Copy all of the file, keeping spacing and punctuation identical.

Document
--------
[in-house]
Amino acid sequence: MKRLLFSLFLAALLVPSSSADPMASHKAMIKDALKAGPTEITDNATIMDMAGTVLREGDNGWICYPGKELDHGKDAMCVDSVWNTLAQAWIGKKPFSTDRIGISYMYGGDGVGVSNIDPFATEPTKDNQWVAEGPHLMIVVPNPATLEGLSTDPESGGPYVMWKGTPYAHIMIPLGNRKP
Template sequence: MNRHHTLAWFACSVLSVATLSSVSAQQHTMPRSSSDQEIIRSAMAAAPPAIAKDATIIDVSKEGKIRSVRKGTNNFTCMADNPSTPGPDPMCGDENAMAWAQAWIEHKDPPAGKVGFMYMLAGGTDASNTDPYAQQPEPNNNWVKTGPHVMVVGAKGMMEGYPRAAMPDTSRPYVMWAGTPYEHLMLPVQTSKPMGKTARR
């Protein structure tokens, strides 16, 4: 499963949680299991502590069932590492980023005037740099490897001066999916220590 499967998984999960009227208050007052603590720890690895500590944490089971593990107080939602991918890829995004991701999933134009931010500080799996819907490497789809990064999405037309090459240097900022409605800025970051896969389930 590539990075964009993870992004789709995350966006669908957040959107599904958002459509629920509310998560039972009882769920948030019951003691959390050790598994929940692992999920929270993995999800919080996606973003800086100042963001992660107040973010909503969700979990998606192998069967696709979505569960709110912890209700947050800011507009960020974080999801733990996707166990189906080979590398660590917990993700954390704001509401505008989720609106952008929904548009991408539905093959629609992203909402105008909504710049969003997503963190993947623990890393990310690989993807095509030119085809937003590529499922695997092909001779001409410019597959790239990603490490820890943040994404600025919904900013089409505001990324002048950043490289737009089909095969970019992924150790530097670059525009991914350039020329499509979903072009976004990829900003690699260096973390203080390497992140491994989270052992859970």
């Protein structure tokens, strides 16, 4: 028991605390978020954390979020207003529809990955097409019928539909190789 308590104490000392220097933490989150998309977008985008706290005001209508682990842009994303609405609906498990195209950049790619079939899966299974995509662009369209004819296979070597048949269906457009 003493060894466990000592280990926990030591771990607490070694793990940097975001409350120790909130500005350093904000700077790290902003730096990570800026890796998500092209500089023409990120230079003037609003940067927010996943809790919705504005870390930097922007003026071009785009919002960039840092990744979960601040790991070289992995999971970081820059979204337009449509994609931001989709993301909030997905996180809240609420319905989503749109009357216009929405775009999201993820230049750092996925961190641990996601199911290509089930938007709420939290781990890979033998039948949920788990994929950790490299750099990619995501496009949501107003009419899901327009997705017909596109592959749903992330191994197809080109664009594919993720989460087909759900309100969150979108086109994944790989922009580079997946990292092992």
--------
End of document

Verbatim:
[in-house]
Amino acid sequence: MKRLLFSLFLAALLVPSSSADPMASHKAMIKDALKAGPTEITDNATIMDMAGTVLREGDNGWICYPGKELDHGKDAMCVDSVWNTLAQAWIGKKPFSTDRIGISYMYGGDGVGVSNIDPFATEPTKDNQWVAEGPHLMIVVPNPATLEGLSTDPESGGPYVMWKGTPYAHIMIPLGNRKP
Template sequence: MNRHHTLAWFACSVLSVATLSSVSAQQHTMPRSSSDQEIIRSAMAAAPPAIAKDATIIDVSKEGKIRSVRKGTNNFTCMADNPSTPGPDPMCGDENAMAWAQAWIEHKDPPAGKVGFMYMLAGGTDASNTDPYAQQPEPNNNWVKTGPHVMVVGAKGMMEGYPRAAMPDTSRPYVMWAGTPYEHLMLPVQTSKPMGKTARR
């Protein structure tokens, strides 16, 4: 499963949680299991502590069932590492980023005037740099490897001066999916220590 499967998984999960009227208050007052603590720890690895500590944490089971593990107080939602991918890829995004991701999933134009931010500080799996819907490497789809990064999405037309090459240097900022409605800025970051896969389930 590539990075964009993870992004789709995350966006669908957040959107599904958002459509629920509310998560039972009882769920948030019951003691959390050790598994929940692992999920929270993995999800919080996606973003800086100042963001992660107040973010909503969700979990998606192998069967696709979505569960709110912890209700947050800011507009960020974080999801733990996707166990189906080979590398660590917990993700954390704001509401505008989720609106952008929904548009991408539905093959629609992203909402105008909504710049969003997503963190993947623990890393990310690989993807095509030119085809937003590529499922695997092909001779001409410019597959790239990603490490820890943040994404600025919904900013089409505001990324002048950043490289737009089909095969970019992924150790530097670059525009991914350039020329499509979903072009976004990829900003690699260096973390203080390497992140491994989270052992859970």
């Protein structure tokens, strides 16, 4: 028991605390978020954390979020207003529809990955097409019928539909190789 308590104490000392220097933490989150998309977008985008706290005001209508682990842009994303609405609906498990195209950049790619079939899966299974995509662009369209004819296979070597048949269906457009 003493060894466990000592280990926990030591771990607490070694793990940097975001409350120790909130500005350093904000700077790290902003730096990570800026890796998500092209500089023409990120230079003037609003940067927010996943809790919705504005870390930097922007003026071009785009919002960039840092990744979960601040790991070289992995999971970081820059979204337009449509994609931001989709993301909030997905996180809240609420319905989503749109009357216009929405775009999201993820230049750092996925961190641990996601199911290509089930938007709420939290781990890979033998039948949920788990994929950790490299750099990619995501496009949501107003009419899901327009997705017909596109592959749903992330191994197809080109664009594919993720989460087909759900309100969150979108086109994944790989922009580079997946990292092992």